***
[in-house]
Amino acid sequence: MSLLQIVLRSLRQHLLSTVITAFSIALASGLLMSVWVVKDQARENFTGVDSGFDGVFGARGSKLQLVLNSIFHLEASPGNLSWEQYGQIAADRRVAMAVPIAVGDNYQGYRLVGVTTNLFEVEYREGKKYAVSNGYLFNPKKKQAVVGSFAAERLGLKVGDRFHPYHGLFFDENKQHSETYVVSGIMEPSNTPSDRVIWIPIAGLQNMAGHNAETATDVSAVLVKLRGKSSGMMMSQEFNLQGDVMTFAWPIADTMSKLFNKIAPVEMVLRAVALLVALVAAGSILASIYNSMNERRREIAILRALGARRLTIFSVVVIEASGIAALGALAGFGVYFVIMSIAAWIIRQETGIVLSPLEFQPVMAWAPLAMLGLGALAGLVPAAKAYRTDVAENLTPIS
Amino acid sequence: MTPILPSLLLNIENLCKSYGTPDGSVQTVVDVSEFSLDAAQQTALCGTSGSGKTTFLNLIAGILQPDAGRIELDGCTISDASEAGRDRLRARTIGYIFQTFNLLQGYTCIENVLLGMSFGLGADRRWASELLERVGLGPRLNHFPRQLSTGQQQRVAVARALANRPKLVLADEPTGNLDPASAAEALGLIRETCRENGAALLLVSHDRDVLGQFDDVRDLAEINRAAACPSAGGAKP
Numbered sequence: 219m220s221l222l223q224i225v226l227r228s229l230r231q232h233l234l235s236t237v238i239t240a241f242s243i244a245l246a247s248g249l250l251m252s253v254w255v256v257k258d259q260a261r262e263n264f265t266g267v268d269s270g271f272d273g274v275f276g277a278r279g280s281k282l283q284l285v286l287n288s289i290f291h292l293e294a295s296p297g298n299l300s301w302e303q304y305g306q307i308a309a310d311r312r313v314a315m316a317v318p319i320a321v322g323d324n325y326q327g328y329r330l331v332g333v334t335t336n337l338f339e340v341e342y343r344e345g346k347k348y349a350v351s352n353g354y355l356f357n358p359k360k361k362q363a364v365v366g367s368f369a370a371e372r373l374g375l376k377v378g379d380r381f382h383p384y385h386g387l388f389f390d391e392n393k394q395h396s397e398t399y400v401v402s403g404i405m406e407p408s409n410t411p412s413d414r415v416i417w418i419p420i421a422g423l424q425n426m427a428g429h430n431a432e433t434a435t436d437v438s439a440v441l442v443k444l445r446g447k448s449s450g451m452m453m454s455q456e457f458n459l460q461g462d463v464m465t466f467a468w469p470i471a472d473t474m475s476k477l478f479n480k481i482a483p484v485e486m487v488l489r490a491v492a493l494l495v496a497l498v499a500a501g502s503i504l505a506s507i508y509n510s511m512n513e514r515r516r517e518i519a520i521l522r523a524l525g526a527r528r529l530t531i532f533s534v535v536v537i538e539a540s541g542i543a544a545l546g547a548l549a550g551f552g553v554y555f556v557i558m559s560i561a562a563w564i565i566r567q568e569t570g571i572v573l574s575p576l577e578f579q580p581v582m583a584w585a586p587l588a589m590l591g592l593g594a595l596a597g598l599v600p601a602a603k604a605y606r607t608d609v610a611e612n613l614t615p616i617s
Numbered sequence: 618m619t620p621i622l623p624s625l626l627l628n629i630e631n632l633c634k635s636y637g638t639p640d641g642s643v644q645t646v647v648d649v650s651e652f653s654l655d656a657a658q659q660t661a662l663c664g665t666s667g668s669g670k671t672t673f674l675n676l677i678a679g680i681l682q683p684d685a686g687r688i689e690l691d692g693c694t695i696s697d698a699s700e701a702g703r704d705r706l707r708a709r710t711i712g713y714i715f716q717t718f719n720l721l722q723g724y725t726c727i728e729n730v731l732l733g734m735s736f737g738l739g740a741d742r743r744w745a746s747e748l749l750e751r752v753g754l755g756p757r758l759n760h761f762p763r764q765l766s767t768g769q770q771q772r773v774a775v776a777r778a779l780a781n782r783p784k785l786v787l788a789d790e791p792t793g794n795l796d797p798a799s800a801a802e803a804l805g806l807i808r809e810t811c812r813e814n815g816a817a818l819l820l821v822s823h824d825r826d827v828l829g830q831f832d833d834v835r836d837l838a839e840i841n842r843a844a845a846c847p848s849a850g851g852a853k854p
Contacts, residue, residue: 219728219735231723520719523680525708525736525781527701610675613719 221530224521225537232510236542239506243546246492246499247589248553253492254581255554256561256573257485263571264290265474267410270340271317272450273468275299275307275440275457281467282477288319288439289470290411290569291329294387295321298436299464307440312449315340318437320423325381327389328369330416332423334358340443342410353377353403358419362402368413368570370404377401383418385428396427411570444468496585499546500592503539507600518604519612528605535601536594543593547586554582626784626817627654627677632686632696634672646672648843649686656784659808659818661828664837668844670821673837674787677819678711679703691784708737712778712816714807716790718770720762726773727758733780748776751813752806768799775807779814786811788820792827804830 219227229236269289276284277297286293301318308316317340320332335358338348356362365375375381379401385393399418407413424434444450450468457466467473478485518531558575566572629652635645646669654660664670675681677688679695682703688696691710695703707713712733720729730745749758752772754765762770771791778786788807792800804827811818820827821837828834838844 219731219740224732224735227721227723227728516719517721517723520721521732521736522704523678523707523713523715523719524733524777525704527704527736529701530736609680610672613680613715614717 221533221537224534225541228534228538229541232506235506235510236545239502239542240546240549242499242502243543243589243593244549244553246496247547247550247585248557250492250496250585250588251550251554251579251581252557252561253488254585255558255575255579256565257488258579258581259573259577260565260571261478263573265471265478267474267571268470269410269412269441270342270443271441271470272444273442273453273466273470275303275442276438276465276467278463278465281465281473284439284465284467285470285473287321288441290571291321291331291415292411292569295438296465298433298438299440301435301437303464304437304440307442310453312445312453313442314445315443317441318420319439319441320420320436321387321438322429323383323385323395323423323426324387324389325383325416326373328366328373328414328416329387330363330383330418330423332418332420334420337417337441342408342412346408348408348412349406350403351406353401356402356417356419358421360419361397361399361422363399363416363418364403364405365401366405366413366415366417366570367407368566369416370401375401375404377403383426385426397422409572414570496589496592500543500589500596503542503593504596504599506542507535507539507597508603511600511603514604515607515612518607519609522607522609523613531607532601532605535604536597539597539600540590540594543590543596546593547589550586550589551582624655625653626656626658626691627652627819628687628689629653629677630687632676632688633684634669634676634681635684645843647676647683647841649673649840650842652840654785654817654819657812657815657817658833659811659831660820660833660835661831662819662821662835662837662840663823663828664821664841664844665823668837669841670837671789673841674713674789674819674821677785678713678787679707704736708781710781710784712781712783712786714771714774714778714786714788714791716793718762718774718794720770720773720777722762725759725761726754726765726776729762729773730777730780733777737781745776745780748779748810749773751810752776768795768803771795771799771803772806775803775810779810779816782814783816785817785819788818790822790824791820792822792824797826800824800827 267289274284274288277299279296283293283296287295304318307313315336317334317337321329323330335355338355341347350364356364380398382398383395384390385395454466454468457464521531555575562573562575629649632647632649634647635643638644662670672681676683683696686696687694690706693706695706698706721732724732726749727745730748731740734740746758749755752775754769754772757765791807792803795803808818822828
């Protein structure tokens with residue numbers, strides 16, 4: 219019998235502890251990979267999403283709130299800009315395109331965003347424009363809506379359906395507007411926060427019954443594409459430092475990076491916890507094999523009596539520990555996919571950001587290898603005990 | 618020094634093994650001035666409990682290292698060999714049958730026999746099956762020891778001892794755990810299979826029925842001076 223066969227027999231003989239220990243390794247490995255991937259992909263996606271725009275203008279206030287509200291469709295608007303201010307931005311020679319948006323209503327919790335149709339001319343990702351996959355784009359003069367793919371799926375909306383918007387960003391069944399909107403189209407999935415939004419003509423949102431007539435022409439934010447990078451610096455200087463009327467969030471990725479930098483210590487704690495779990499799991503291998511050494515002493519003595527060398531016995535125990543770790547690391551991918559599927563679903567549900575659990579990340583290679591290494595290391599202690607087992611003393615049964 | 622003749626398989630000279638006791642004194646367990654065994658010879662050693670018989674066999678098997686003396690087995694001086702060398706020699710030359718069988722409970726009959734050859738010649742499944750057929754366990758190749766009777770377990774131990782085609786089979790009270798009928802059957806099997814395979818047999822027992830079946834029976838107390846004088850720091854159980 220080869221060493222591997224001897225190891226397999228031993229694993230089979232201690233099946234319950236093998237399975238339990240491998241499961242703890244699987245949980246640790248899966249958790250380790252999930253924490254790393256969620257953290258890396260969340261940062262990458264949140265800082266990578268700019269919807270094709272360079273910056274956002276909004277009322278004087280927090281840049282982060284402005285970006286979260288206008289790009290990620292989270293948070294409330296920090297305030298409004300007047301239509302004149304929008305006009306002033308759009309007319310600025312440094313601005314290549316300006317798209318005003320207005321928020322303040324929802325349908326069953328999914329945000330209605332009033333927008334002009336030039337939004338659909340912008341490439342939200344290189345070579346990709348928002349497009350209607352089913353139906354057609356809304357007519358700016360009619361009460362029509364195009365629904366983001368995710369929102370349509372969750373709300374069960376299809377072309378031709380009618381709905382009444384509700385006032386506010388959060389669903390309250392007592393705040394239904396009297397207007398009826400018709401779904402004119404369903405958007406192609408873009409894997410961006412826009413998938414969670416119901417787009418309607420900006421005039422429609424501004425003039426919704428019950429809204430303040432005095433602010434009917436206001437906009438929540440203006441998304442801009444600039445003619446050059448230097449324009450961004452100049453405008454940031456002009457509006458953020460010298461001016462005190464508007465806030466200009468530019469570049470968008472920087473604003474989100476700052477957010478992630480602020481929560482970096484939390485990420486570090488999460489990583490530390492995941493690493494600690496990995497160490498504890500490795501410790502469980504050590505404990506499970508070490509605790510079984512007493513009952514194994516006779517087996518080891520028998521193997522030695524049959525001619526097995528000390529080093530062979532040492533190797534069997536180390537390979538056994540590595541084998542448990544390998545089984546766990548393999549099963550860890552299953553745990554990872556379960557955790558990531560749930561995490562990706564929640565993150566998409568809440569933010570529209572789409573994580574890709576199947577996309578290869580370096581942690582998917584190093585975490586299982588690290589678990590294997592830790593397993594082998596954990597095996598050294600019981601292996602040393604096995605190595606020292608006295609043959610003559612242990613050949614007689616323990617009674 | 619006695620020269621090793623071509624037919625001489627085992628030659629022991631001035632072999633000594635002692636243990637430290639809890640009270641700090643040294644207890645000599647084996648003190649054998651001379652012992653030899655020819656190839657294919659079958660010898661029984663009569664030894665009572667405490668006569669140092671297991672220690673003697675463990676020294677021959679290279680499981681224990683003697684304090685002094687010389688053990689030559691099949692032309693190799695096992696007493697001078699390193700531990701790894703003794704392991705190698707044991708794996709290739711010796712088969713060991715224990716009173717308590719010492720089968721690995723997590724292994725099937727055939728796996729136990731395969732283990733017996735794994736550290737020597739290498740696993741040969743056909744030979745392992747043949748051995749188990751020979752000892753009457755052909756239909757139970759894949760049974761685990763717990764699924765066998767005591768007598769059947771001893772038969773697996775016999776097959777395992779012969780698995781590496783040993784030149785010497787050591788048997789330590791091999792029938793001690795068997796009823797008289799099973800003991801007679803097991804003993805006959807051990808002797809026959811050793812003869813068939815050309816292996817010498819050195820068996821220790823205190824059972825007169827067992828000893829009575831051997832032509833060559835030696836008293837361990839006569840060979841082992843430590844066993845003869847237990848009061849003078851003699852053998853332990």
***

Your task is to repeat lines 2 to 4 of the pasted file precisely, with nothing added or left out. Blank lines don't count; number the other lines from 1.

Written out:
Amino acid sequence: MSLLQIVLRSLRQHLLSTVITAFSIALASGLLMSVWVVKDQARENFTGVDSGFDGVFGARGSKLQLVLNSIFHLEASPGNLSWEQYGQIAADRRVAMAVPIAVGDNYQGYRLVGVTTNLFEVEYREGKKYAVSNGYLFNPKKKQAVVGSFAAERLGLKVGDRFHPYHGLFFDENKQHSETYVVSGIMEPSNTPSDRVIWIPIAGLQNMAGHNAETATDVSAVLVKLRGKSSGMMMSQEFNLQGDVMTFAWPIADTMSKLFNKIAPVEMVLRAVALLVALVAAGSILASIYNSMNERRREIAILRALGARRLTIFSVVVIEASGIAALGALAGFGVYFVIMSIAAWIIRQETGIVLSPLEFQPVMAWAPLAMLGLGALAGLVPAAKAYRTDVAENLTPIS
Amino acid sequence: MTPILPSLLLNIENLCKSYGTPDGSVQTVVDVSEFSLDAAQQTALCGTSGSGKTTFLNLIAGILQPDAGRIELDGCTISDASEAGRDRLRARTIGYIFQTFNLLQGYTCIENVLLGMSFGLGADRRWASELLERVGLGPRLNHFPRQLSTGQQQRVAVARALANRPKLVLADEPTGNLDPASAAEALGLIRETCRENGAALLLVSHDRDVLGQFDDVRDLAEINRAAACPSAGGAKP
Numbered sequence: 219m220s221l222l223q224i225v226l227r228s229l230r231q232h233l234l235s236t237v238i239t240a241f242s243i244a245l246a247s248g249l250l251m252s253v254w255v256v257k258d259q260a261r262e263n264f265t266g267v268d269s270g271f272d273g274v275f276g277a278r279g280s281k282l283q284l285v286l287n288s289i290f291h292l293e294a295s296p297g298n299l300s301w302e303q304y305g306q307i308a309a310d311r312r313v314a315m316a317v318p319i320a321v322g323d324n325y326q327g328y329r330l331v332g333v334t335t336n337l338f339e340v341e342y343r344e345g346k347k348y349a350v351s352n353g354y355l356f357n358p359k360k361k362q363a364v365v366g367s368f369a370a371e372r373l374g375l376k377v378g379d380r381f382h383p384y385h386g387l388f389f390d391e392n393k394q395h396s397e398t399y400v401v402s403g404i405m406e407p408s409n410t411p412s413d414r415v416i417w418i419p420i421a422g423l424q425n426m427a428g429h430n431a432e433t434a435t436d437v438s439a440v441l442v443k444l445r446g447k448s449s450g451m452m453m454s455q456e457f458n459l460q461g462d463v464m465t466f467a468w469p470i471a472d473t474m475s476k477l478f479n480k481i482a483p484v485e486m487v488l489r490a491v492a493l494l495v496a497l498v499a500a501g502s503i504l505a506s507i508y509n510s511m512n513e514r515r516r517e518i519a520i521l522r523a524l525g526a527r528r529l530t531i532f533s534v535v536v537i538e539a540s541g542i543a544a545l546g547a548l549a550g551f552g553v554y555f556v557i558m559s560i561a562a563w564i565i566r567q568e569t570g571i572v573l574s575p576l577e578f579q580p581v582m583a584w585a586p587l588a589m590l591g592l593g594a595l596a597g598l599v600p601a602a603k604a605y606r607t608d609v610a611e612n613l614t615p616i617s